A growing U.S. agricultural biomass industry can help meet the catapulting energy and fuel demands of a global population that the United Nations predicts could reach 9 billion by 2050.

“We need to envision and implement biomass-based, highly productive food, fuel, and energy production systems with available land and water to meet the increasing demands of the growing world population,” says Dan Putnam, University of California Cooperative Extension forage specialist.

Terrestrial biofuels produced from crops, he says, is one way to meet those demands.

Biomass production is a developing industry in the U.S., gaining favor and interest among farmers and other agricultural entrepreneurs.

The industry, still in its infancy, involves growing plants for biomass that are trucked to a conversion facility, where plant wall cellulose is broken down for conversion to glucose sugar and then cellulosic ethanol. Biomass can also be co-fired with coal and wood to produce heat, steam, and electricity at bioenergy refineries.  

Existing grain-based ethanol will continue to serve as an important farm-grown fuel in the future; additionally, there are benefits from the high quality distiller’s grain produced in the conversion process, which can be used for livestock feed. Cellulosic conversion is viewed as the next generation of liquid farm fuel technology.

The list of current and potential biomass crops include the grasses switchgrass and miscanthus, plus high biomass sorghum, energycane (high biomass sugarcane), alfalfa, and other crops. These can offer farmers the opportunity to diversify their cropping systems and boost their income stream.

Opponents argue that biomass production is a food-versus-fuel issue — taking land out of food crop production to provide fuel and energy.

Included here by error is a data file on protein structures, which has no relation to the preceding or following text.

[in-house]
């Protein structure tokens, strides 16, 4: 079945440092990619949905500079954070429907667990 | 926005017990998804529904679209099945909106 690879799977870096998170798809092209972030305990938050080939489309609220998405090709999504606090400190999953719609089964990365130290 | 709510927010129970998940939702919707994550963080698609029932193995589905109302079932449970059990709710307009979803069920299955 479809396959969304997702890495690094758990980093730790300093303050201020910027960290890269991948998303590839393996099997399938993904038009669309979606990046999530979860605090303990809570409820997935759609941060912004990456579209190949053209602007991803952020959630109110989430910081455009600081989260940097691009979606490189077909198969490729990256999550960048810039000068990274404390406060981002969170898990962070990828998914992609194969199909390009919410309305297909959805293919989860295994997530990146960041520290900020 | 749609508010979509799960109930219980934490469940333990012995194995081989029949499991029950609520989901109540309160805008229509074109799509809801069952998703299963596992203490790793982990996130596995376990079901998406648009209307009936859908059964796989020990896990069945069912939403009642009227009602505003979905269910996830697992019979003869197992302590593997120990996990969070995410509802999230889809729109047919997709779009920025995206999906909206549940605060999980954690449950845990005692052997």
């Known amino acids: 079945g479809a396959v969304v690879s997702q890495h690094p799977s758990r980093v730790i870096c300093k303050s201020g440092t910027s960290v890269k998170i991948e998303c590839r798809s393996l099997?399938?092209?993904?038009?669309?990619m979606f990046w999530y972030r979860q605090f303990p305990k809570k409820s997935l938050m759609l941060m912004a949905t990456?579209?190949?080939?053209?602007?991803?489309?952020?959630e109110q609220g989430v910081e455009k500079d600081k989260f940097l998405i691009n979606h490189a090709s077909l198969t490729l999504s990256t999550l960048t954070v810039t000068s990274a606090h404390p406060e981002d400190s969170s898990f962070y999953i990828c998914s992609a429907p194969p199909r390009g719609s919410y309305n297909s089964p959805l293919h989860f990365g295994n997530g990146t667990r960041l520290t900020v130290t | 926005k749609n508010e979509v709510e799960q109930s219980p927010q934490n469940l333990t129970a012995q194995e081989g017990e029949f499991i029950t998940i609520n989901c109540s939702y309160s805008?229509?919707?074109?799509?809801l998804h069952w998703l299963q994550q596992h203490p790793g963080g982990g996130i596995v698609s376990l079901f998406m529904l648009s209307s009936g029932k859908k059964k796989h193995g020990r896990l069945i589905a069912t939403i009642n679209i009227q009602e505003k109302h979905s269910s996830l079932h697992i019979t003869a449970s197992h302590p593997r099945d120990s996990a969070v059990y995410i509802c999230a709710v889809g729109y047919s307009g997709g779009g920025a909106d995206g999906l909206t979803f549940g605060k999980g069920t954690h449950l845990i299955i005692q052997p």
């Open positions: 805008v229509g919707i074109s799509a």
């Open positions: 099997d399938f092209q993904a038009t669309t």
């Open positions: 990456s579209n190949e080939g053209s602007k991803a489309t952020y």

“Biomass crops are engineered for production on marginal land and require significantly less water and fewer crop inputs,” says Frank Hardimon, sales manager for Ceres, Inc., a biomass seed and technology company based in Thousand Oaks, Calif. “Biomass crops can bring life to marginal land.”

Ceres is in the race to develop and market low carbon, non-food grasses and other crops for advanced biofuels and biopower. Its trait pipeline includes drought- and salt-tolerance plus improved nitrogen utilization.

“These are some of the key traits necessary to build the biomass industry to scale and to facilitate the wide-scale adoption of energy grasses,” Hardimon says.

Ceres sells seed varieties of perennial switchgrass and annual crop high biomass sorghum to farmers under its Blade Energy Crops brand. The company has lines of sweet sorghum, miscanthus, and energycane in the developmental pipeline.

The switchgrass lines were developed under a partnership with the Samuel Roberts Noble Foundation, headquartered at Ardmore, Okla.

Texas A&M University provided input into high-biomass sorghum, a crop which towers 15 feet to 18 feet in height and generates yields in 90 to 100 days.

Switchgrass takes two to three years to reach maturity, Hardimon says. The crop stand longevity is seven years to 10 years.

Hardimon said, “After five to seven years, a farmer should evaluate the stand. If a new variety on the market can increase yields by 30 percent or more, the rotation of some acreage to a newer variety should be considered.”

Switchgrass is widely adapted to the Southeast, Midwest, and Southwest, where it is currently grown as a pasture plant for forage for cattle. 

Switchgrass is a C4 grass, which means it has an efficient biochemical system for fixing carbon dioxide from the atmosphere via photosynthesis. Switchgrass also has a modest demand for nitrogen fertilizers.Switchgrass is probably the most widely tested biomass crop in the U.S.

Genera Energy LLC this year opened one of the world’s first cellulosic ethanol demonstration plants at Vonore, Tenn., where switchgrass and corncobs are converted to cellulosic ethanol for liquid fuels.